Feminism strives for a better world, and it should be said that the conditions have vastly changed in the reform of the social, legalistic and economic conditions of women. hooks points out that these changes for women should raise the question ‘changes for whom?’. For example, the place of contraceptive measures has liberated the sexuality of many women in allowing them to be more forthcoming about their sexuality, but this is only for a section of the female population for whom contraceptives are affordable or culturally viable. Even when advancing the dialectic of feminist critique through class, ethnic and lesbian discourses, reform is implicitly implied through advancing the feminist conversation. Inherent to the feminist cause is the possibility and actuality of social change towards the elimination of sex based oppression.

This is an interesting counterpoint to Adorno, who leaves very little in the sense of social and economic reform. There are glimmers within Adorno’s thought to suggest that there is a limited possibility for social criticism in culture, and even though Adorno addresses a largely different discourse to gender inequality, he hardly thought that radically positive change would happen in the condition of capitalism. Adorno takes an almost Kantian turn in looking at the conditions of possibility when it came to the mass media, and in looking at the conditions of possibility for the subsuming of culture under capitalism, also sets the conditions for its downfall, and such conditions are far too tight to give much optimism about change.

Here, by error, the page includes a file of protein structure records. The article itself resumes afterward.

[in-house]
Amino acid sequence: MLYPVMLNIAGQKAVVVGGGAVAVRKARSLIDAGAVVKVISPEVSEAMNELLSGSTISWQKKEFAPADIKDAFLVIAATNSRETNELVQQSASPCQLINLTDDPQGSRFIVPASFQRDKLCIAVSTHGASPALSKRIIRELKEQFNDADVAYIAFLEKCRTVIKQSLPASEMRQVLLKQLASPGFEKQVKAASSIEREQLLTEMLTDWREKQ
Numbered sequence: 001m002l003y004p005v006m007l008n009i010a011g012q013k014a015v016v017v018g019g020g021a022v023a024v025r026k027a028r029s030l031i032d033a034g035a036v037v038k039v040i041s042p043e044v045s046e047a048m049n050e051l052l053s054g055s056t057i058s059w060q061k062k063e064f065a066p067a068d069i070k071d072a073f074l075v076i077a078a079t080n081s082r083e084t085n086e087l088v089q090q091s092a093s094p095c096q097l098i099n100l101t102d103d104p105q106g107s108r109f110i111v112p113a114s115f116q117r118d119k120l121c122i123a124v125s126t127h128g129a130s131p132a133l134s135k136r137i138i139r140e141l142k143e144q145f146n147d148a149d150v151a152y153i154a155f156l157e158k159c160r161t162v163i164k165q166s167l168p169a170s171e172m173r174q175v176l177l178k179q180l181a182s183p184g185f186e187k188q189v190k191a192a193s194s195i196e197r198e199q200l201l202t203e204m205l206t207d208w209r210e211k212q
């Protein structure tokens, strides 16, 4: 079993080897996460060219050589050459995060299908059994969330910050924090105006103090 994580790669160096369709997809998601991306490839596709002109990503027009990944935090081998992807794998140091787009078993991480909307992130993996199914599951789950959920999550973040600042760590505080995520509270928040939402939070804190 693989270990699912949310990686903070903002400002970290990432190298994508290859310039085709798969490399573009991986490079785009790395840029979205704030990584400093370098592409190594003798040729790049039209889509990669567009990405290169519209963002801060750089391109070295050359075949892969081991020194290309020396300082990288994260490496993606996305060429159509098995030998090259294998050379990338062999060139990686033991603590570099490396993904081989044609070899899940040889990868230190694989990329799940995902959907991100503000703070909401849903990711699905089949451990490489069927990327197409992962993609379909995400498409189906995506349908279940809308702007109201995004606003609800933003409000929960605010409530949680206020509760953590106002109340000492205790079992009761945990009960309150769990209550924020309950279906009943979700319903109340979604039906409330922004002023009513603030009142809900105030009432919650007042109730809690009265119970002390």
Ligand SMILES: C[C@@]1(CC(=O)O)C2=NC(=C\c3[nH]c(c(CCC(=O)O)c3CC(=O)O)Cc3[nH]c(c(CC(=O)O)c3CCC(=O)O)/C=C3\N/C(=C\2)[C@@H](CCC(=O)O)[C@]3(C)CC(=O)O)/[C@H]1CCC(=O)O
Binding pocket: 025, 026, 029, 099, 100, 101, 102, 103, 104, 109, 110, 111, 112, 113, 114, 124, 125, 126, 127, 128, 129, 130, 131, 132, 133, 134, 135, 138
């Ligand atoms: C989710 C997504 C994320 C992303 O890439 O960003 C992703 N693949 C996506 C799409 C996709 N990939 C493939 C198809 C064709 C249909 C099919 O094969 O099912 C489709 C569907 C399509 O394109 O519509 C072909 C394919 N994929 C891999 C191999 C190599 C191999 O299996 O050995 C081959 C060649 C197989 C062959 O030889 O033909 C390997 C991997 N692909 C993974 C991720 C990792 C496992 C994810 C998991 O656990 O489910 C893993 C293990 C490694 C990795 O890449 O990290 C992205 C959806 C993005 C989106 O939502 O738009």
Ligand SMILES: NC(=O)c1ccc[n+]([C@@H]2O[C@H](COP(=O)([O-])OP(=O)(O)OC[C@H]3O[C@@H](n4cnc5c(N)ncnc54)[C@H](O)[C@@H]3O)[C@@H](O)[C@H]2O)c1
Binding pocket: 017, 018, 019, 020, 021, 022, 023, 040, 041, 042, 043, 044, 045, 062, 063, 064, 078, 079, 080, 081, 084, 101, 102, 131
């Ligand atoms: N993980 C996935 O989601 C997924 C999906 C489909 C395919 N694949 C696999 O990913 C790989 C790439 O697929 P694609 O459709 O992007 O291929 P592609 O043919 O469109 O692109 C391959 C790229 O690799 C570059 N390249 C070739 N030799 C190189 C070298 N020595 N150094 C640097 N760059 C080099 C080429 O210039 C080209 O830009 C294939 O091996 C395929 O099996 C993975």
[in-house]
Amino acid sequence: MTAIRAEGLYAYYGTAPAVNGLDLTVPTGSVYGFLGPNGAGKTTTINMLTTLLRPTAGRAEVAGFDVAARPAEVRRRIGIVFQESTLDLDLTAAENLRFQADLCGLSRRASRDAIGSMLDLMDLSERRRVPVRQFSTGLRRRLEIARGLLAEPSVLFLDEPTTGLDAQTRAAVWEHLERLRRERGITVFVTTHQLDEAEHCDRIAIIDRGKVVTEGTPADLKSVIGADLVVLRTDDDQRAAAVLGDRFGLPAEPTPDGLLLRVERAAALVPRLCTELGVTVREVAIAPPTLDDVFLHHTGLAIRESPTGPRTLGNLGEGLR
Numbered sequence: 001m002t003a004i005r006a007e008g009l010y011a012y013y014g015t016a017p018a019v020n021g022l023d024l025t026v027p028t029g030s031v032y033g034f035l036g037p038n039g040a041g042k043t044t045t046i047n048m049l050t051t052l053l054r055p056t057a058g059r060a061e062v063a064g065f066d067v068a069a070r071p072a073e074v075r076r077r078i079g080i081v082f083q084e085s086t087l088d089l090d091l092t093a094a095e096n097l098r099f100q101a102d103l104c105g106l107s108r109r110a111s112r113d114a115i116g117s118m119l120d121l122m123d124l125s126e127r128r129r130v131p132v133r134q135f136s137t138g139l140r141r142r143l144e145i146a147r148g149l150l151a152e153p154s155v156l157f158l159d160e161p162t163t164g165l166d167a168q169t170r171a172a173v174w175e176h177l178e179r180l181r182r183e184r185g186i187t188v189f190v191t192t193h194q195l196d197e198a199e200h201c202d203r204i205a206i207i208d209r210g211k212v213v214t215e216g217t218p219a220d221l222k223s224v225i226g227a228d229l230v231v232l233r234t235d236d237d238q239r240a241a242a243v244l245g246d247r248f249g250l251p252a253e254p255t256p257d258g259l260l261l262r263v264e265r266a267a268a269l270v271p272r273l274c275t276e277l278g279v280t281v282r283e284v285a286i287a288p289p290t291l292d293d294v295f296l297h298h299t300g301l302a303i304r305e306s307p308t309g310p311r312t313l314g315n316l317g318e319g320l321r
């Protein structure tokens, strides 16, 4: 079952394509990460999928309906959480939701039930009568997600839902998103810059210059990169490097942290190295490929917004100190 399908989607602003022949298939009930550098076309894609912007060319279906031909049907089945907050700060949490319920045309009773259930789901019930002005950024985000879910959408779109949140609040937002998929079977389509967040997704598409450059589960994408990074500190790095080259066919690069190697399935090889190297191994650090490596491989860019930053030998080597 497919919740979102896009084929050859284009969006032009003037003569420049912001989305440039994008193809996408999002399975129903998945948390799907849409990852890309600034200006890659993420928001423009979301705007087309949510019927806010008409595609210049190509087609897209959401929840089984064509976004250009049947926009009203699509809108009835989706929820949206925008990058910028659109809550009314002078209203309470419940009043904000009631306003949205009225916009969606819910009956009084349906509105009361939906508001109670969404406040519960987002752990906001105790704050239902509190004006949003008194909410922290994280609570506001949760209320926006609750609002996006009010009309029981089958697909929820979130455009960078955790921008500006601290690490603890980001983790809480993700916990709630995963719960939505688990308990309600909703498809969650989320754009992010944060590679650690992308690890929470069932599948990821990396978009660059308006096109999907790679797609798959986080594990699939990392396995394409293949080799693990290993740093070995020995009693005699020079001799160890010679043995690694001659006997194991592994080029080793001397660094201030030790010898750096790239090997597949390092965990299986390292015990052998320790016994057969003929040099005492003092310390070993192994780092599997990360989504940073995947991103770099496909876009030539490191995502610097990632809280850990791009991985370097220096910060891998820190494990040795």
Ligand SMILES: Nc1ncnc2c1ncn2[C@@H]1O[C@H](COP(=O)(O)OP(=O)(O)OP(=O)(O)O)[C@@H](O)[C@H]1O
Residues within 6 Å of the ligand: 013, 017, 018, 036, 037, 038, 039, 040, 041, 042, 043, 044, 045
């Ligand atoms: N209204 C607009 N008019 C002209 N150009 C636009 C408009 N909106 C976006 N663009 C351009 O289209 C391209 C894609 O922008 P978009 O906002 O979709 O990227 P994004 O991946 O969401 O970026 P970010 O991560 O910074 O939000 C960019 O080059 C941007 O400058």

The role of accessibility

The most amusing aspect of comparison is accessibility. There are two senses of access that hooks considers. Firstly there is the accessibility of understanding, that feminism as an idea is presented in simple readable language that people can understand whatever their education level is. hooks even suggests the importance of audiobooks for promoting the message to the non-literate, I’m quite a fan of the audiobook as a medium. hooks insinuates at various points that while the presence of feminist academics is a great way of establishing institutional status and credibility for the movement, there is a risk of alienating their materials in the technical jargon and difficult language of the academic that prevents the ordinary person from reading and understanding it.